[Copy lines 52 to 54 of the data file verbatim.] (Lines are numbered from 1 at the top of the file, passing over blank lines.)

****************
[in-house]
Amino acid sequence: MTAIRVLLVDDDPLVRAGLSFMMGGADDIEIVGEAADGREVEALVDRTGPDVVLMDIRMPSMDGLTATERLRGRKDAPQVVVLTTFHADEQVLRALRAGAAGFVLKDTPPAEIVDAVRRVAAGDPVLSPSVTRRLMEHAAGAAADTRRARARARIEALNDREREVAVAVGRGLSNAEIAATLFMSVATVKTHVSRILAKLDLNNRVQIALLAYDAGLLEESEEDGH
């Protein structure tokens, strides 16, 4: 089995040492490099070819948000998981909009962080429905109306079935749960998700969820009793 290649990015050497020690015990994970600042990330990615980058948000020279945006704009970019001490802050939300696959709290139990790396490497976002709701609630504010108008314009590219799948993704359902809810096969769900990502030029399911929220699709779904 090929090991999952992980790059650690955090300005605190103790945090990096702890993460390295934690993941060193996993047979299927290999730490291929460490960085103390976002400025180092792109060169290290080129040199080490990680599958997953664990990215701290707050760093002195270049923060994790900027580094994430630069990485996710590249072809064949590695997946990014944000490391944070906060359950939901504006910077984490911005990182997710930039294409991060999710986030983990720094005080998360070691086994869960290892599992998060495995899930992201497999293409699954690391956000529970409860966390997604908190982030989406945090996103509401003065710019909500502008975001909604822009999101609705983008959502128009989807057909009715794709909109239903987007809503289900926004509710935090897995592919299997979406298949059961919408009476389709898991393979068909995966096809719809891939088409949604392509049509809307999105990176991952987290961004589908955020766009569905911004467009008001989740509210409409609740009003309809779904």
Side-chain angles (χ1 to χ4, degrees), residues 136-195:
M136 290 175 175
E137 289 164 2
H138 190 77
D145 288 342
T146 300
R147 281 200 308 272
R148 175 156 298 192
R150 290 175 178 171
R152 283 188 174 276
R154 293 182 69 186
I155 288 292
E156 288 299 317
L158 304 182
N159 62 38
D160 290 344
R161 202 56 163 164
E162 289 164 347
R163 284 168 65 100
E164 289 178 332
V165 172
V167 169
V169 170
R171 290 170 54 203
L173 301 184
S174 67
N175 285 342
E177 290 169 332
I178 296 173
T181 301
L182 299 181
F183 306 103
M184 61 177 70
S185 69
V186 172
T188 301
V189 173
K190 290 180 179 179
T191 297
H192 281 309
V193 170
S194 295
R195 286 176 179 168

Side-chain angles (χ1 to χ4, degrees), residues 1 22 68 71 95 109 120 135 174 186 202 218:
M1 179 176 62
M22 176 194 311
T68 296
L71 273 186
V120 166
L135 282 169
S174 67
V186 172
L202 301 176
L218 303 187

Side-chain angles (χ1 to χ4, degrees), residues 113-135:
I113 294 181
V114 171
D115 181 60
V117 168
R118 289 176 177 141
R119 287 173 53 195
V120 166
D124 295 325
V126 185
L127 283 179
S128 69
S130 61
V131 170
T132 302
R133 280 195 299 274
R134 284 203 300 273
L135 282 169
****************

V120 166
L135 282 169
S174 67